60 Seconds with The Academy co-founder Mitch Kaye

60 Seconds with The Academy co-founder Mitch Kaye

Mitch Kaye, co-founder of The Academy, reveals why he and Dan Glover started their second agency, how the pair work together and his love of AFC Bournemouth.

What made you decide to found a second agency – The Academy – after previously setting up Mischief?

We sold Mischief to Engine in 2011. After the two years’ post sale period was complete, we had plenty of remaining ambitions, loads of energy, and a belief that we’d get there quicker as an independent business who were the masters of our own destiny again.

The second time around feels very different, but there is no doubt we are braver, more comfortable in our own skin, and more driven. What we’ve achieved previously counts for nothing though, and we’ve got it all to prove again.

Why “The Academy” as a name?

We chose The Academy as a name for two reasons. Firstly in so many walks of life, be it film, music, art etc, it represents a place which sets the very highest standards. And from day one, that’s exactly what we’ve tried to do.

The second reason is because an academy is also a place to learn, and every day Dan and I, together with our team, continue to learn.

You founded The Academy with Dan Glover; how did you meet and how would you describe your partnership?

I set up Mischief in January 2006; by the summer there were four of us and one day someone on the team took a call from a guy called Dan Glover. In transferring the call to me she accidentally cut him off. Two minutes later he called back and we somehow managed to cut him off for a second time.

Luckily, he called back a third time and we arranged to meet. He was looking for an account manager role, which was something we didn’t need and couldn’t afford. When we met, Dan took me through his portfolio of work and it was so good I didn’t believe it was his, and thought he’d stolen it from a creative director in an ad agency.

He was either a genius or a bloody good liar, but either way I hired him on the spot and paid him from my salary. Fair to say it proved to be a good decision, and for the record he proved to be a genius (and not a bloody good liar!)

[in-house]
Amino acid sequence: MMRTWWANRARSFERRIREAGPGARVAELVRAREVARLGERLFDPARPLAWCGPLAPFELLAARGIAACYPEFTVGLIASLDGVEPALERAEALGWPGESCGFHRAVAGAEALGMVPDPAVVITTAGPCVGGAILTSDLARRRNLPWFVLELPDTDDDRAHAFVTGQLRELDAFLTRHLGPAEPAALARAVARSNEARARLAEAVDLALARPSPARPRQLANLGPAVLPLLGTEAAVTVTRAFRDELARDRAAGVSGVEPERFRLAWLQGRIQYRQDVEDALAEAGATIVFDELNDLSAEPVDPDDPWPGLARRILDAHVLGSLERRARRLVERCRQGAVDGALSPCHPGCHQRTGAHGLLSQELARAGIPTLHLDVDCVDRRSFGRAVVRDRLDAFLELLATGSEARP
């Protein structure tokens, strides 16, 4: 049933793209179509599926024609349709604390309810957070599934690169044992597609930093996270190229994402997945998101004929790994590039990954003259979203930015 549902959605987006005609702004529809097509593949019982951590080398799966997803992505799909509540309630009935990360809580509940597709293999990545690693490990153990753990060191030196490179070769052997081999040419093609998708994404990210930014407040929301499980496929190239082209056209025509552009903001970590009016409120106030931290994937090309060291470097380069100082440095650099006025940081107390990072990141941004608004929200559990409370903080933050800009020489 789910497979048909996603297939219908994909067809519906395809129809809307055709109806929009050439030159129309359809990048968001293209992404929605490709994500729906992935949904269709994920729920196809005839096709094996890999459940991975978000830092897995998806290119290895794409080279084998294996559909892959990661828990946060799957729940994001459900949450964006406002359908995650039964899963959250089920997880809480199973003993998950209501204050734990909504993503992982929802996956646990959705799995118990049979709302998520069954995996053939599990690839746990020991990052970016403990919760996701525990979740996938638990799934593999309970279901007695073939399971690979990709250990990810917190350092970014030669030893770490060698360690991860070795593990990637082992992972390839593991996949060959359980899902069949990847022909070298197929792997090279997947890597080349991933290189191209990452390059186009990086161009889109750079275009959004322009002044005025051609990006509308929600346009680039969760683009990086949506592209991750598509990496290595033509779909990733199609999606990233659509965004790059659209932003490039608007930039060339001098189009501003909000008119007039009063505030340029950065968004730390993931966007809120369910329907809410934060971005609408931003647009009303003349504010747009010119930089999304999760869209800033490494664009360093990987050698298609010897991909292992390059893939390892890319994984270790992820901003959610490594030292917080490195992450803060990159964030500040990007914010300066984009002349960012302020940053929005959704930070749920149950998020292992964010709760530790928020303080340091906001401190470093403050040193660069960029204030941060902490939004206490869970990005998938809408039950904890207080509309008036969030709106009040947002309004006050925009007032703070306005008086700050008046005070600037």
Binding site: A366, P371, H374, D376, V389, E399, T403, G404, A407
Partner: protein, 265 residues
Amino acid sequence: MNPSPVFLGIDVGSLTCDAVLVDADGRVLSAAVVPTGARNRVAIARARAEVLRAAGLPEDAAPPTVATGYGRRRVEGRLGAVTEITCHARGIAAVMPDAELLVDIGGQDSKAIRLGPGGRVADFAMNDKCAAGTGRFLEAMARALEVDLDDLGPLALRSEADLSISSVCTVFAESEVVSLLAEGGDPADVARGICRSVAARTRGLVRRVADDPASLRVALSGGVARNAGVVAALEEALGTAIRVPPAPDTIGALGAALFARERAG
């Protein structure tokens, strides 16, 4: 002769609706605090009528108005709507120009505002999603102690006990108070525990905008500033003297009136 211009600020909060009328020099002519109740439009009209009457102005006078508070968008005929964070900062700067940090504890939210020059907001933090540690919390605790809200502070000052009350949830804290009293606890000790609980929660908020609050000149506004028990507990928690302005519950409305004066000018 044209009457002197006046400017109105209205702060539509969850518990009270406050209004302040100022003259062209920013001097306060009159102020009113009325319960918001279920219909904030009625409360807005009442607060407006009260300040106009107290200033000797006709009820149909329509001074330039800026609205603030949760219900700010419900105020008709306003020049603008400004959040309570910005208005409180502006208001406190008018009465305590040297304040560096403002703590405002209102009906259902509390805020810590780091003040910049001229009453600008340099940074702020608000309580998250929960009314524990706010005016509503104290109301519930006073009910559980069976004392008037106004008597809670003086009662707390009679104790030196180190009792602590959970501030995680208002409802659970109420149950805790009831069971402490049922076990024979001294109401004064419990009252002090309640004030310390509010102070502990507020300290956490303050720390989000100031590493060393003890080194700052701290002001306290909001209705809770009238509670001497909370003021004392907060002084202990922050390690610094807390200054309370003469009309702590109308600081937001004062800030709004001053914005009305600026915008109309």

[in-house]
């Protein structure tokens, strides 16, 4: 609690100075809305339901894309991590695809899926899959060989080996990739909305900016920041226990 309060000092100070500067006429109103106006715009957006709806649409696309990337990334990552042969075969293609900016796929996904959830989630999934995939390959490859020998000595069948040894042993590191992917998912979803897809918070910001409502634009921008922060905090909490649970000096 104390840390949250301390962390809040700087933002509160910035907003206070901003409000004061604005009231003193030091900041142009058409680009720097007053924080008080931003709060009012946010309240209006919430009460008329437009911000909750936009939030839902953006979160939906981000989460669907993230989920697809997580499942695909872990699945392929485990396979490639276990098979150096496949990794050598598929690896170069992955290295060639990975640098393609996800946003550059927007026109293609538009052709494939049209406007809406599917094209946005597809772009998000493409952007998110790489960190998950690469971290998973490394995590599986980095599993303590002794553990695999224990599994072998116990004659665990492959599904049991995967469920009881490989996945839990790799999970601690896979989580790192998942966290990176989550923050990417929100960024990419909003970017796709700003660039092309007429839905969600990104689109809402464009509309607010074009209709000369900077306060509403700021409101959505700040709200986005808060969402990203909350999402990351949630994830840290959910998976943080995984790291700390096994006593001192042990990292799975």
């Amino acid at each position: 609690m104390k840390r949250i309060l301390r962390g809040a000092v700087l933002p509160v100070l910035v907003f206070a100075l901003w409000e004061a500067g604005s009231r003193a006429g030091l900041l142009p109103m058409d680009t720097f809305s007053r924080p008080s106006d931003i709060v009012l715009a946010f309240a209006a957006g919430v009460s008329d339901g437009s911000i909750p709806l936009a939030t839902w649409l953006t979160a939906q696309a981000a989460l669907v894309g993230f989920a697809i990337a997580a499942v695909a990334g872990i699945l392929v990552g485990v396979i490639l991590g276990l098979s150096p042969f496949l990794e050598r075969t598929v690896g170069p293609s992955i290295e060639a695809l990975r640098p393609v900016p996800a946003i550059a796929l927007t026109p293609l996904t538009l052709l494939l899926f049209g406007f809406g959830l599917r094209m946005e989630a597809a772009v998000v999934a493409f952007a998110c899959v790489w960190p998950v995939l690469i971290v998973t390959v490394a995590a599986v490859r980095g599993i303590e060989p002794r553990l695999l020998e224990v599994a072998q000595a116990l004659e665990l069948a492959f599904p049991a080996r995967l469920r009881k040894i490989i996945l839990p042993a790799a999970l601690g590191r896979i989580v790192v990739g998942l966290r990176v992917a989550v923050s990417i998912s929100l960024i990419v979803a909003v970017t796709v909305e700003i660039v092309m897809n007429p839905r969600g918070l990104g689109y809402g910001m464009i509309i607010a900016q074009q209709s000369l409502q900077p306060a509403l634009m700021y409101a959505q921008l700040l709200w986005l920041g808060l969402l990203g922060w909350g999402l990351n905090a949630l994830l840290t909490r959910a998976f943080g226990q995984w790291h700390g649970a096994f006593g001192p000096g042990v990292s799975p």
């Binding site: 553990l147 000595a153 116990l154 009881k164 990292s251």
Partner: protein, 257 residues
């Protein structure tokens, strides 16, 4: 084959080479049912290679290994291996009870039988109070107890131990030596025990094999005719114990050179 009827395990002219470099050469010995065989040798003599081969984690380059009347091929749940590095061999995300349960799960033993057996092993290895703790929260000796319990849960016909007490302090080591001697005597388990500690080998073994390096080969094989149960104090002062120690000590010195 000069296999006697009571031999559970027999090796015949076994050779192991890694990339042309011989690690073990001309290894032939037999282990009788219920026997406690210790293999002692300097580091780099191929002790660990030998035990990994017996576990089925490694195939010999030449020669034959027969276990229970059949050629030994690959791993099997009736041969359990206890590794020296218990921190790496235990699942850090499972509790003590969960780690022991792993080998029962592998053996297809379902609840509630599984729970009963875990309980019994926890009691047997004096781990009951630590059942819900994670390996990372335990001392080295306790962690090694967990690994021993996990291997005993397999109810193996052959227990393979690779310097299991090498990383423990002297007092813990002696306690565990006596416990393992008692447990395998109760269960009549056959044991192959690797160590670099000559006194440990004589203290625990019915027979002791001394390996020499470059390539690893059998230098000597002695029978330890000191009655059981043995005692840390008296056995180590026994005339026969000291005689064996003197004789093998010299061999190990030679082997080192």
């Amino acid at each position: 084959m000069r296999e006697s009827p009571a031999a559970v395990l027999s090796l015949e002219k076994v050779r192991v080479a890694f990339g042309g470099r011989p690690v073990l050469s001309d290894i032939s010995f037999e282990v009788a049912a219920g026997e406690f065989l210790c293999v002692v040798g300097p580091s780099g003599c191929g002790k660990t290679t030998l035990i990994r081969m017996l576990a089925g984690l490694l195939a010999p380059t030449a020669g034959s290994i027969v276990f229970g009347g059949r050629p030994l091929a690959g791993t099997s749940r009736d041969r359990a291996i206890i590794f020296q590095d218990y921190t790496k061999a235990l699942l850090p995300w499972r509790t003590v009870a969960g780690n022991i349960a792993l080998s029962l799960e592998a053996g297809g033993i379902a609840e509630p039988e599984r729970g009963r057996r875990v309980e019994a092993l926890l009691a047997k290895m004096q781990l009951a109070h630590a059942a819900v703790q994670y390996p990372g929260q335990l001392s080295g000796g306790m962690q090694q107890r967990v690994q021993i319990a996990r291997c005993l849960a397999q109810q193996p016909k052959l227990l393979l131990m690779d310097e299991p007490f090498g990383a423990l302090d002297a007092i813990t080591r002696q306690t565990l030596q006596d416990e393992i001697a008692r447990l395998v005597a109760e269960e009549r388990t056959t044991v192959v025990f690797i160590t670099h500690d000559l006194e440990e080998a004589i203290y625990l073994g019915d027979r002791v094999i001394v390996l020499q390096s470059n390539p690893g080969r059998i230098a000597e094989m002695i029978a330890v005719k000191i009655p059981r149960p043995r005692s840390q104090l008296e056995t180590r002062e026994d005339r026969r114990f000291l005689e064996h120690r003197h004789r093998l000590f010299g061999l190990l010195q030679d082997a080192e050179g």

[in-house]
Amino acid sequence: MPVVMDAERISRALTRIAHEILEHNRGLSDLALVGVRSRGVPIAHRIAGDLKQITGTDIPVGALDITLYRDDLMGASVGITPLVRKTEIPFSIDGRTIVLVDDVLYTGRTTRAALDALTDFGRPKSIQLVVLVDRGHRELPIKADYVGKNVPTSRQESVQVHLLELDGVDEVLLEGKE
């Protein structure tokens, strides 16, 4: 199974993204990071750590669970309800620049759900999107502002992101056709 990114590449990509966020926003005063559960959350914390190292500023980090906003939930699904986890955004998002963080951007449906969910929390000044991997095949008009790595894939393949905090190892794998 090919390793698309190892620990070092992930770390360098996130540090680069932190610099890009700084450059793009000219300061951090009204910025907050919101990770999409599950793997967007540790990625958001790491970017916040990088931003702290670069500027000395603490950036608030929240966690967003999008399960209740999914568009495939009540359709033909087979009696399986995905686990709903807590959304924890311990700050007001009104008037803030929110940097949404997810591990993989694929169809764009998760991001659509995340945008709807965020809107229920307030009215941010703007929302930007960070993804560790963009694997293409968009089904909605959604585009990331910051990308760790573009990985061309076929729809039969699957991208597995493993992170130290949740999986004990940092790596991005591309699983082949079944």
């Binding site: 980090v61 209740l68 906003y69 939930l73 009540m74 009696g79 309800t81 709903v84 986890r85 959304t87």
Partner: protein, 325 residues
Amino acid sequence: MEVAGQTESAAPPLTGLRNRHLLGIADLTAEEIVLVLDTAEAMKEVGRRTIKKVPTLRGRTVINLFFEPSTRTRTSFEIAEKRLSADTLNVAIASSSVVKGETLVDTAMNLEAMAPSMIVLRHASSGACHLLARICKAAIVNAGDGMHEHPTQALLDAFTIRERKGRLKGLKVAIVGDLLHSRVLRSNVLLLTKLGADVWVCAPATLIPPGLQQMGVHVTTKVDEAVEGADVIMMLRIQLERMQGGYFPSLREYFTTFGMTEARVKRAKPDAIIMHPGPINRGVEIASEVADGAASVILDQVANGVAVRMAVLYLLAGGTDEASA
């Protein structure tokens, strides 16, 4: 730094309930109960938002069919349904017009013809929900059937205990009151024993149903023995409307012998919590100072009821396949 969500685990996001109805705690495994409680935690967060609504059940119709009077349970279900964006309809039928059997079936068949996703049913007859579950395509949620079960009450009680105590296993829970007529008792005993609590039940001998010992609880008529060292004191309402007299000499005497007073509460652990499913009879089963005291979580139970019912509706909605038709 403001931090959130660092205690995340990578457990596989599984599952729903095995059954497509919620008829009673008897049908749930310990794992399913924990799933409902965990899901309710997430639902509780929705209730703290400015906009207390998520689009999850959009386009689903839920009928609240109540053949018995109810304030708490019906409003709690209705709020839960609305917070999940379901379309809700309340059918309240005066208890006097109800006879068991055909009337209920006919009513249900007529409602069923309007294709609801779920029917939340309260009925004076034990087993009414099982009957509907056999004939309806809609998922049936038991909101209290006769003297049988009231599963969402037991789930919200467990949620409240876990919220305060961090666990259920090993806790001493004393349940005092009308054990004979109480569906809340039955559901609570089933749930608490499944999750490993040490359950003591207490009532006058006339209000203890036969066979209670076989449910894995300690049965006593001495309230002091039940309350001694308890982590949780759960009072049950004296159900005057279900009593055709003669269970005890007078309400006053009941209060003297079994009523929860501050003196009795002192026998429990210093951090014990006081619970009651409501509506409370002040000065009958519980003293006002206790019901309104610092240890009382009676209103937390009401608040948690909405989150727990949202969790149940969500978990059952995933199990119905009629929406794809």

In April 2014 we began The Academy as equal partners, but in reality we’ve always worked this way. He is the creative director who understands that you need to grow the business and its value to sustain the creativity.

And I hope he’d say I’m the CEO who believes the best way to grow a business of value is by doing best-in-class creative work. We understand each other’s worlds, work at the same pace, are paranoid about the same things, find the same things funny, and crucially, we couldn’t do each other’s jobs.

I am extremely lucky to have him with me, and even luckier that he called back for a third time on that day in 2006.

How important was it for you to ensure The Academy was a creative business?

It is extremely important. We believe the big opportunity is to build a creative business of scale which is capable of solving problems for clients. That’s where we believe we can have a genuine impact, and it’s what we feel our clients want and need.

But to achieve this, creativity has to be running through the veins of the business. Once our new hires arrive in January, 50% of our board will be made up of creative talent, with the other 50% having shown a commitment to supporting and enabling best in class creativity in their respective careers.

So we are putting our money where our mouth is, and making sure the leadership of our business reflects what we’d like to be famous for.

The Academy is split into very distinct constituent parts, what is the reason behind this? And how do you look to measure your PR output?

Two reasons really. First of all we think the PR agency of the future needs these capabilities within its core team in order to give their clients what they need. And also, we want to be able to control the quality and the speed of each element. If everything is within our building and owned by us, we can react quickly and remain like a start-up in terms of hunger and energy, rather than a big agency which takes too long.

In terms of measurement, we have our own Data & Insight capability within our team which helps us demonstrate value and impact to our clients, but ultimately the measure we are judged by is the business impact we have, and are able to demonstrate, in partnership with our clients.

With that in mind, I think our biggest achievement in 2018 is a record level of organic growth, which proves the point that the best opportunities for us are those among our existing client base.

Finally, you’re a big Bournemouth football fan, did you ever expect the club to become an ever-present Premier League team?

Not in my wildest dreams! My dad and grandpa took me to see my first match when I was seven, and while I’ve been addicted ever since, I never thought I’d see Bournemouth reach the Premier League.

It’s all down to Eddie Howe, who is someone I’ve had the huge privilege to meet, spend some time with, and learn from over the last six years, and someone who is a real inspiration.

  • Pictured (l-r): Mitch Kaye and Dan Glover
Related Posts
Opinion: How challenger agencies can compete with the big agency networks
Barbara Bates, global CEO at Hotwire, highlights the key areas where challenger agencies can go the extra mile to compete with their larger counterparts. For a long time in [...]
Discover how PR can move from evolution to revolution
At CommsCon earlier this month, we heard a range of fantastic speakers articulate their view of what comms professionals can do to improve their output. They encouraged their [...]